On Friday, Star Valley Mayor Chuck Heron announced he was resigning to spend more time with his family, but the news did little to stop the number of issues the town is currently dealing with.
The Star Valley council has a full agenda scheduled Tuesday night at its regular meeting, including selecting a law enforcement agency and dealing with barking dogs. But the first item on the agenda is appointing an acting mayor.
The council could vote to make vice-mayor Bill Rappaport or another member of the council acting mayor until 2010, when residents would elect a new mayor.
If Rappaport becomes acting mayor, another council member would take over vice-mayoral duties.
Either way, the town is currently accepting applications from anyone interested in becoming a council member and filling the vacancy left when the council seats shift. Stop by town hall to pick up an application if you are interested.
A big-ticket item on Tuesday’s agenda is selection of a law enforcement contract from either the Town of Payson or Gila County Sheriff’s Office.
Between either contract, residents will be paying nearly 50 percent more for police service. Payson has offered the town a bid of $421,000, while the sheriff’s office would provide police protection for $383,000. If the town decides on a contract, it would take effect July 1.
The Payson Police Department provided protection to the town since its inception three years ago. The current contract with the PPD to provide basic police and dispatch services stands at $258,000. Payson Police Chief Don Engler said with the number of calls increasing every year, the cost of a new contract would rise to $421,000, an increase of 63 percent.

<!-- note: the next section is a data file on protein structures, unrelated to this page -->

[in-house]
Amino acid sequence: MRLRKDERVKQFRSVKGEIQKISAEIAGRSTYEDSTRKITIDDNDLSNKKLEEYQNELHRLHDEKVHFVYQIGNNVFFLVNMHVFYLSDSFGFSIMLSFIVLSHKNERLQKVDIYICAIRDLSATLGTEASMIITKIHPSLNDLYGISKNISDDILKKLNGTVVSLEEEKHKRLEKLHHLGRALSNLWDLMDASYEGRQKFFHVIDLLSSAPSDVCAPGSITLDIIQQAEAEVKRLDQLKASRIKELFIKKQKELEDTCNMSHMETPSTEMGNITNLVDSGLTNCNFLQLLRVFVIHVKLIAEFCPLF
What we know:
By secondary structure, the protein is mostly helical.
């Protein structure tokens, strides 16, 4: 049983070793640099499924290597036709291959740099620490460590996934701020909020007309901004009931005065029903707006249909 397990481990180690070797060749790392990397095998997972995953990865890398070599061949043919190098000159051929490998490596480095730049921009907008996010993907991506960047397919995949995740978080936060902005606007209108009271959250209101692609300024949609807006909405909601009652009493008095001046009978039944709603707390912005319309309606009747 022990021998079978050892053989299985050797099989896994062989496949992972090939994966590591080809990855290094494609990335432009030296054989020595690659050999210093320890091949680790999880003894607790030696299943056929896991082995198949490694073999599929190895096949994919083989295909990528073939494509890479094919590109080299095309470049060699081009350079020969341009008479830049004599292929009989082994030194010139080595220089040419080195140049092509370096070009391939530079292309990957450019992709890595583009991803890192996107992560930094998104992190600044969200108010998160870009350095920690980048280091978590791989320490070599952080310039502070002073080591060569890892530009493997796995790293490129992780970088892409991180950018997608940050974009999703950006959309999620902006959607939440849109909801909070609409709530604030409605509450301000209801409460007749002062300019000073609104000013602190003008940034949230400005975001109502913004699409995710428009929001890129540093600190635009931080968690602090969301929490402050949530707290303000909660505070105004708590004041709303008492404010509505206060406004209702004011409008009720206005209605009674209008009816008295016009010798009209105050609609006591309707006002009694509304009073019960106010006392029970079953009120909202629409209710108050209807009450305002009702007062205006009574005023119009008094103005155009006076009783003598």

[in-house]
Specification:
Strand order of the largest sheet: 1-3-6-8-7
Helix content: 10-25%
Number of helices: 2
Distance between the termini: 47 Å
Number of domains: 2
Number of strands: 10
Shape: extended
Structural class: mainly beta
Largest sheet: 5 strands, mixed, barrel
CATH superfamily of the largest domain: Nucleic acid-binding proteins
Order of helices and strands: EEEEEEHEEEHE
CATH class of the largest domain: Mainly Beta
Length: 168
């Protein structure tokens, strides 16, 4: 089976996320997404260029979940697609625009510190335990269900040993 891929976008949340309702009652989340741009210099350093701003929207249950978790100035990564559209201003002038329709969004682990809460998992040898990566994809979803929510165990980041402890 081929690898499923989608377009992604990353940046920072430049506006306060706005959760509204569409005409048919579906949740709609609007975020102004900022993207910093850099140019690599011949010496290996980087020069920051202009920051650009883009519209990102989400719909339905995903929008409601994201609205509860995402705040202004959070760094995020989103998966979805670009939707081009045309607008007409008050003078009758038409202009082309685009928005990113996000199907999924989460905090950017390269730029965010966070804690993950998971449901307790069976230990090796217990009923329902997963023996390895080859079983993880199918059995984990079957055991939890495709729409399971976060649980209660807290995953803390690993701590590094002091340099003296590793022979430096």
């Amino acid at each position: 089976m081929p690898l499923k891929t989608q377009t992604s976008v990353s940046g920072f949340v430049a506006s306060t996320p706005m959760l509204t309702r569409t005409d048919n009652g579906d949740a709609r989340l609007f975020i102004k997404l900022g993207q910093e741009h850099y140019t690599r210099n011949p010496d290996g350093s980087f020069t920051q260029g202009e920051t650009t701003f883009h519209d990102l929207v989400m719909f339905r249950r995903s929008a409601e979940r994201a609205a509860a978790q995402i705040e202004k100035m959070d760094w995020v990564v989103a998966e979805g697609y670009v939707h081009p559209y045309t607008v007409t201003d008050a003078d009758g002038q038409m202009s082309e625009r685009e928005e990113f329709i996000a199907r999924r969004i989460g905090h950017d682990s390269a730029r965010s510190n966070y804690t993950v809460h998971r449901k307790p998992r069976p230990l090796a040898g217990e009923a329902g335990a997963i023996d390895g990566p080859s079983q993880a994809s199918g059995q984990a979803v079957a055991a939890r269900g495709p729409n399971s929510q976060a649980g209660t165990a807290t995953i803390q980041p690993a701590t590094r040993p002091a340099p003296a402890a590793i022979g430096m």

Before Payson police provided services, the sheriff’s office responded to calls and is offering the same level of protection it provided before the town formed.
On Tuesday, the council will also discuss hiring the Gila County’s division of health and community services to provide rabies and animal control services.
Residents have complained that barking dogs are a problem in the community and no one is responding to complaints. Neither the Payson police nor sheriff’s office would provide animal control services under their proposed contracts. The only time they would respond is if the animal was a danger to people.
The new intergovernmental agreement with the county would establish an animal control ordinance for the town and the county would be responsible for enforcing it. The town would pay the county monthly $50 per dog call Monday through Friday and $100 for calls on the weekends and after-service hours.
Also on the agenda for the second time, the council will discuss granting a conditional use permit (CUP) to John Killips to operate a dog boarding business on his fiancee’s property.
Killips requested a CUP to open Snuggle Dogs B&B, a dog boarding operation, in the 200 block of Claxton Road in January. At a January council meeting, council members decided to send the issue back to the planning and zoning commission for further review after receiving conflicting requests from residents.
Planning and zoning had originally denied Killips’ request for CUP, based on residents who said it would bring unnecessary barking to the neighborhood. But after Killips said he had several signatures from residents who supported the operation, planning and zoning overturned its decision and are recommending the council approve the CUP with stipulations.
Under the CUP, Killips would need to submit a plan for a fence around the property and the permit would only be good for a three-month trial period.
The council can approve or deny the CUP or decide to change the stipulations.
The council meeting begins at 6:30 p.m. at the Star Valley Baptist Church, 4180 E. Highway 260.